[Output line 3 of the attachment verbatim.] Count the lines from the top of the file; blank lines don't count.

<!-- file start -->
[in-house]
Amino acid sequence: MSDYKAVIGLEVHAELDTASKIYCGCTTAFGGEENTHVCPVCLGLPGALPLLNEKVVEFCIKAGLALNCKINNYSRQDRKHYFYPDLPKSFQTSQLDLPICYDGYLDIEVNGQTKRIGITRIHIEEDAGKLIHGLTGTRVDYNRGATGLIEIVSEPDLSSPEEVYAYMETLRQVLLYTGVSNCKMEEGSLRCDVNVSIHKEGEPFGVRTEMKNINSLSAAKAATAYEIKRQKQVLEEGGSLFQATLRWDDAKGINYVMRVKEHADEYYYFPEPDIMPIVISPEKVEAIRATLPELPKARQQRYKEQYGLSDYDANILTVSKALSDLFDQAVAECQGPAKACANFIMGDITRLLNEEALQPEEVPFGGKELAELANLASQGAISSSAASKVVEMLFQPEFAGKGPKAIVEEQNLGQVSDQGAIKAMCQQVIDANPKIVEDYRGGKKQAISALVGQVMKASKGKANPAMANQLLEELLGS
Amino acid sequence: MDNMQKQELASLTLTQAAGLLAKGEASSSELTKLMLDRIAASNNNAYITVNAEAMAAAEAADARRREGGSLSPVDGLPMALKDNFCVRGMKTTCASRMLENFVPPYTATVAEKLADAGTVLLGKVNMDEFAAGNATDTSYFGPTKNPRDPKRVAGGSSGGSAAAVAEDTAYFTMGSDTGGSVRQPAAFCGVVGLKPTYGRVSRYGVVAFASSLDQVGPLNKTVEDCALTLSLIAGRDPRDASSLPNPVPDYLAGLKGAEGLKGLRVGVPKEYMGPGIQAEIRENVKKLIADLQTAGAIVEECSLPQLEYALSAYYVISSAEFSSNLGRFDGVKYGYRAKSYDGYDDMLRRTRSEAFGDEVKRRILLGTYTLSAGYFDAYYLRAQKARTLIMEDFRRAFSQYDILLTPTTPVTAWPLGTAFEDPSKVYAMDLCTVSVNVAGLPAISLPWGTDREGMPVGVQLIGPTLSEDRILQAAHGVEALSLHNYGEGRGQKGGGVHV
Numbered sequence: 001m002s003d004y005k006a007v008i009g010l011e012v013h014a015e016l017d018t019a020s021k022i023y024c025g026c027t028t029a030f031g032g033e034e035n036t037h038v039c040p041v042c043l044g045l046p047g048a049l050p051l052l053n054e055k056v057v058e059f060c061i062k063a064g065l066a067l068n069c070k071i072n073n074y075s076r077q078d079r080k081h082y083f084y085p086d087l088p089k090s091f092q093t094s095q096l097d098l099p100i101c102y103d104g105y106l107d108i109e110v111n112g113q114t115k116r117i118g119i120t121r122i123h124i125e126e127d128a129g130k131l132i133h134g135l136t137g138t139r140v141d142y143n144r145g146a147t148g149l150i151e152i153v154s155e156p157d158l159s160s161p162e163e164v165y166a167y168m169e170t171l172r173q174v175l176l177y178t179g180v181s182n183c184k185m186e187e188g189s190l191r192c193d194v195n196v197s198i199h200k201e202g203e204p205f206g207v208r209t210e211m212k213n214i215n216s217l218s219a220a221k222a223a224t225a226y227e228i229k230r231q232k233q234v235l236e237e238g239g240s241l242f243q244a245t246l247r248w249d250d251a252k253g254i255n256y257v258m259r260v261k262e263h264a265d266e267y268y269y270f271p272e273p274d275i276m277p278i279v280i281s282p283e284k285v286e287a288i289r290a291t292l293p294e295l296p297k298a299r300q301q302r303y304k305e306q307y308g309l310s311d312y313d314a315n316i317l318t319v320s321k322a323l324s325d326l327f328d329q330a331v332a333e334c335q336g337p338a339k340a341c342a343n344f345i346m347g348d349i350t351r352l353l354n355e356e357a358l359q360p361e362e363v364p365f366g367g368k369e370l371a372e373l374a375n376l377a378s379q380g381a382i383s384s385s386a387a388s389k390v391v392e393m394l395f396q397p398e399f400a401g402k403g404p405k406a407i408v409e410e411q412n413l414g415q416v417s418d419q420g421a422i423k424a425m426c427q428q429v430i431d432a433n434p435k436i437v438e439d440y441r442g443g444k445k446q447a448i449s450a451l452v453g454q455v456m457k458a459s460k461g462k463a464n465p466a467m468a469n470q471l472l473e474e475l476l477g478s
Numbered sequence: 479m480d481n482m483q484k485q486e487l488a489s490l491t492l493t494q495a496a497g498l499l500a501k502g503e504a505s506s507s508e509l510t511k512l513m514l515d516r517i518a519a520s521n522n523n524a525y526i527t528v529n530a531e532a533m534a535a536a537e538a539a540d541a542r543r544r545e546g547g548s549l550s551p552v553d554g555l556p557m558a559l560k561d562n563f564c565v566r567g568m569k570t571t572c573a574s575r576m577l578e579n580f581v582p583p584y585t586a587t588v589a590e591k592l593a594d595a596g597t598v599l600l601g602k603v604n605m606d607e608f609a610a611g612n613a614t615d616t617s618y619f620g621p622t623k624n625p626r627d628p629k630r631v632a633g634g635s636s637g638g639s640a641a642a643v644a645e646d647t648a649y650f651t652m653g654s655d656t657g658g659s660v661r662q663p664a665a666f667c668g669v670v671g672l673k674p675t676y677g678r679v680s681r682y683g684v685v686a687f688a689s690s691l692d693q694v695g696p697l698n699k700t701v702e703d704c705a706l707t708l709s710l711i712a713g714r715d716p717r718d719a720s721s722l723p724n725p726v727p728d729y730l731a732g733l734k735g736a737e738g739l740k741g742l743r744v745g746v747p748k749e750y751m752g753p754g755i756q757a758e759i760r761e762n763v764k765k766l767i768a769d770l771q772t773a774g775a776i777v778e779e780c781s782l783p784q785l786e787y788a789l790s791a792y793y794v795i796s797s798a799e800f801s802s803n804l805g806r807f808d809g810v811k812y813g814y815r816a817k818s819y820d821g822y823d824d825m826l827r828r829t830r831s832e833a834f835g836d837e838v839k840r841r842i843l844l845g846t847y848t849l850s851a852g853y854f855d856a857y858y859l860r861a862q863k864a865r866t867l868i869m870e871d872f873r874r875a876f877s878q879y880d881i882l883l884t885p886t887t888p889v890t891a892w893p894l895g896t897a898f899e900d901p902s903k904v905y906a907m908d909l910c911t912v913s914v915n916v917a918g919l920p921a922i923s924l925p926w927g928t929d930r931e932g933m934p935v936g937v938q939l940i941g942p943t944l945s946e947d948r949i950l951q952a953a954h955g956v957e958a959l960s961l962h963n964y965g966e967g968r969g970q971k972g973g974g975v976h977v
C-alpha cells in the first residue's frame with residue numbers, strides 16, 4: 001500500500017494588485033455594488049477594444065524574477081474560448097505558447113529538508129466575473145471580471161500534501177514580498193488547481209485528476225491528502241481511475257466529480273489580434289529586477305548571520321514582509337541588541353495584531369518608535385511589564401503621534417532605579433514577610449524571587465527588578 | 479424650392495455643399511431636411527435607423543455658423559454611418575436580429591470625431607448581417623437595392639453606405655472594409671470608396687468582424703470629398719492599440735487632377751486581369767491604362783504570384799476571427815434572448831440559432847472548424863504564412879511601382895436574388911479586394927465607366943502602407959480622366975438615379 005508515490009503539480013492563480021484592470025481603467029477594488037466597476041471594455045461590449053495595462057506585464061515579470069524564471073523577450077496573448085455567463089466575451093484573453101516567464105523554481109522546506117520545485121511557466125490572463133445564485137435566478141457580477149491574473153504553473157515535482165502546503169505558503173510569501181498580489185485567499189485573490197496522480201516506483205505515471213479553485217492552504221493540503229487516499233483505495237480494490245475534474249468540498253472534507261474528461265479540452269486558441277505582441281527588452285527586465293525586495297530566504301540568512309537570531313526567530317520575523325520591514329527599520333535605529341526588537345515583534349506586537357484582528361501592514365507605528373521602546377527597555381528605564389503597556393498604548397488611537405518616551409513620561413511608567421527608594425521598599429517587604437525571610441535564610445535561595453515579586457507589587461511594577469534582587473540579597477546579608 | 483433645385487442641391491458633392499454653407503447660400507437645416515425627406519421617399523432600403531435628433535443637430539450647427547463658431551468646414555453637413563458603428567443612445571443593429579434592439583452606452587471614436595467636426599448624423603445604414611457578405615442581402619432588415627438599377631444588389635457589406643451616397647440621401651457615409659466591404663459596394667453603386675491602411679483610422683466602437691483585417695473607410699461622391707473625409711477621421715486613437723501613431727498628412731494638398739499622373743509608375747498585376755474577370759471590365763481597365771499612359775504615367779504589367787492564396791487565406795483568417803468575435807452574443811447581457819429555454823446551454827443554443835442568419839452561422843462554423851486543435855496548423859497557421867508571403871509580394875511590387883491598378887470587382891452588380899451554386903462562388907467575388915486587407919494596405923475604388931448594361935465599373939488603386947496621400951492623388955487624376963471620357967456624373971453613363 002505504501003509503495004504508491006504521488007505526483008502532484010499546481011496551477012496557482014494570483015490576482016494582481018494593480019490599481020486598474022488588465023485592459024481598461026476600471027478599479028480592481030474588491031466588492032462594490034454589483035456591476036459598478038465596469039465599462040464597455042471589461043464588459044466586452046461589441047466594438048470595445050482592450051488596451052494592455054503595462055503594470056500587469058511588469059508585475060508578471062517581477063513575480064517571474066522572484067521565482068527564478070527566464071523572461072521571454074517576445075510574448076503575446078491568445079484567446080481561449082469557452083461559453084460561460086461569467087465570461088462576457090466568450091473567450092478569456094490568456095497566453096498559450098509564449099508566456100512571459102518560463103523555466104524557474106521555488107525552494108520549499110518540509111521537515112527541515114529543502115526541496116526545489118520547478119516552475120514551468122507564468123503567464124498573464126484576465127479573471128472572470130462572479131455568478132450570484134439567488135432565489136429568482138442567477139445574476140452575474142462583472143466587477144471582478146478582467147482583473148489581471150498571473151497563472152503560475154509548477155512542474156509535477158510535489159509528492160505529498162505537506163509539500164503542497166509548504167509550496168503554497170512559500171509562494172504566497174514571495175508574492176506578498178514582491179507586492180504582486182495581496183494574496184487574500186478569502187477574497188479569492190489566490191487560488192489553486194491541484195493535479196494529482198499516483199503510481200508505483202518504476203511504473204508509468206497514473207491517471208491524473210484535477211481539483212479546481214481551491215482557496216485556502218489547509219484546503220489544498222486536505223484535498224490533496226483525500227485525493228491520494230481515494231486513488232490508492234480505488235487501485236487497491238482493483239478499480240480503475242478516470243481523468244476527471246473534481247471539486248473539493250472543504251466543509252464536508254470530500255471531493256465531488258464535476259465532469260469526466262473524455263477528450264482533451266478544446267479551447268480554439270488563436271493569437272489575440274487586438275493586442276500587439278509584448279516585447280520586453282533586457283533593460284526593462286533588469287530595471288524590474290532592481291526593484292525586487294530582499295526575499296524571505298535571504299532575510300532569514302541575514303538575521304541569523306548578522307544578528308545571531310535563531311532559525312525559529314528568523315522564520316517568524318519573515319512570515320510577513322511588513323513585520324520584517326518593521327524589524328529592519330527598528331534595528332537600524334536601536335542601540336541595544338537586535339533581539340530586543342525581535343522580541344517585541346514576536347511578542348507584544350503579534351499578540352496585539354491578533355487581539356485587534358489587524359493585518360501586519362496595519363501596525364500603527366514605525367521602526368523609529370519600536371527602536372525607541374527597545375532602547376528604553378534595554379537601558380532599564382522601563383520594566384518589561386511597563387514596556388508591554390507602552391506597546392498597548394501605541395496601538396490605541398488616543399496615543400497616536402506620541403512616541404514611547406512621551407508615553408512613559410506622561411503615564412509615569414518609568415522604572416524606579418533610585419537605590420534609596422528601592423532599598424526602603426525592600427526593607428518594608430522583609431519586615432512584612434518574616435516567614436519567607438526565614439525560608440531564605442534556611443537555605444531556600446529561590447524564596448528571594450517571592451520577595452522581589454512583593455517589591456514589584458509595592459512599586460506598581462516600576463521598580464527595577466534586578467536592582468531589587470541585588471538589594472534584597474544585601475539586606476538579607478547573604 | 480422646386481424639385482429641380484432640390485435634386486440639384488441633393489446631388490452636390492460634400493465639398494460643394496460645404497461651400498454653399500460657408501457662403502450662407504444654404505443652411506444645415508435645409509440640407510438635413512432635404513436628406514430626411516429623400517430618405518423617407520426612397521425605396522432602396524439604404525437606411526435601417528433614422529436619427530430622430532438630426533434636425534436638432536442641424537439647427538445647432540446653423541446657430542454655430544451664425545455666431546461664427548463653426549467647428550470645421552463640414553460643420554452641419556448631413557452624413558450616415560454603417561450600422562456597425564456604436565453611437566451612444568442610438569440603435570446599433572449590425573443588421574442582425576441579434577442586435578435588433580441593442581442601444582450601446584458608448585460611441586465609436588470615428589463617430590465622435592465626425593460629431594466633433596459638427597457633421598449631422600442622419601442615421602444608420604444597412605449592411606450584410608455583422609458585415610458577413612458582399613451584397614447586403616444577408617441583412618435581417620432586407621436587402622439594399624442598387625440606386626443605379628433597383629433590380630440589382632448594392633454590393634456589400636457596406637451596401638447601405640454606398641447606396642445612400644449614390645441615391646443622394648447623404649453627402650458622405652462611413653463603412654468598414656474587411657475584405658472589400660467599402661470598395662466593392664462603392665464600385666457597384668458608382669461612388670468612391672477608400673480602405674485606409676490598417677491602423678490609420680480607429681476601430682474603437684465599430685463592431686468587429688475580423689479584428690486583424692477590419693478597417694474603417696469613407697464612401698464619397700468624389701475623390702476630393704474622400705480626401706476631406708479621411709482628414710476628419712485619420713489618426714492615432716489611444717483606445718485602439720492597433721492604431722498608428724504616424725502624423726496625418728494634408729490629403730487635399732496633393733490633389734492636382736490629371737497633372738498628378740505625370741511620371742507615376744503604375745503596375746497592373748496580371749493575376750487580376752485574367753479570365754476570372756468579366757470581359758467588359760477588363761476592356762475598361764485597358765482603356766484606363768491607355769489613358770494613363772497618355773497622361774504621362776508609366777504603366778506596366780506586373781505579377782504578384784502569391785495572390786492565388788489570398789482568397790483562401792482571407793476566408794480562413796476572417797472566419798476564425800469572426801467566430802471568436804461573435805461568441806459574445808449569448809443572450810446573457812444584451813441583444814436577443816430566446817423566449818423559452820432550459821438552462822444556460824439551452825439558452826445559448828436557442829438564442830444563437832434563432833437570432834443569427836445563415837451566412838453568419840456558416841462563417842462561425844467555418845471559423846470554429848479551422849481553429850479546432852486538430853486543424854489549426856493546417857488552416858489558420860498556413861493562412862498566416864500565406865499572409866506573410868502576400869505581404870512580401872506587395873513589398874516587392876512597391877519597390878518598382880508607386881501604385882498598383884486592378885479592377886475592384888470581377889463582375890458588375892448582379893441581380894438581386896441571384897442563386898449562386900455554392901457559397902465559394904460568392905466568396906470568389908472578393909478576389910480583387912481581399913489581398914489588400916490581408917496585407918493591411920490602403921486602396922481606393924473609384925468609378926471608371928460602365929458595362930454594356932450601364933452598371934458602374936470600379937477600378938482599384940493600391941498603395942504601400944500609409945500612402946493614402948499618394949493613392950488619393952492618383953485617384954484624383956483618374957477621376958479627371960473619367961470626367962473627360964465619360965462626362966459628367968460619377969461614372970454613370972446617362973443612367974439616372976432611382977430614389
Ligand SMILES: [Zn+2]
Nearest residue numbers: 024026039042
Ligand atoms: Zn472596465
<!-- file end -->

Amino acid sequence: MDNMQKQELASLTLTQAAGLLAKGEASSSELTKLMLDRIAASNNNAYITVNAEAMAAAEAADARRREGGSLSPVDGLPMALKDNFCVRGMKTTCASRMLENFVPPYTATVAEKLADAGTVLLGKVNMDEFAAGNATDTSYFGPTKNPRDPKRVAGGSSGGSAAAVAEDTAYFTMGSDTGGSVRQPAAFCGVVGLKPTYGRVSRYGVVAFASSLDQVGPLNKTVEDCALTLSLIAGRDPRDASSLPNPVPDYLAGLKGAEGLKGLRVGVPKEYMGPGIQAEIRENVKKLIADLQTAGAIVEECSLPQLEYALSAYYVISSAEFSSNLGRFDGVKYGYRAKSYDGYDDMLRRTRSEAFGDEVKRRILLGTYTLSAGYFDAYYLRAQKARTLIMEDFRRAFSQYDILLTPTTPVTAWPLGTAFEDPSKVYAMDLCTVSVNVAGLPAISLPWGTDREGMPVGVQLIGPTLSEDRILQAAHGVEALSLHNYGEGRGQKGGGVHV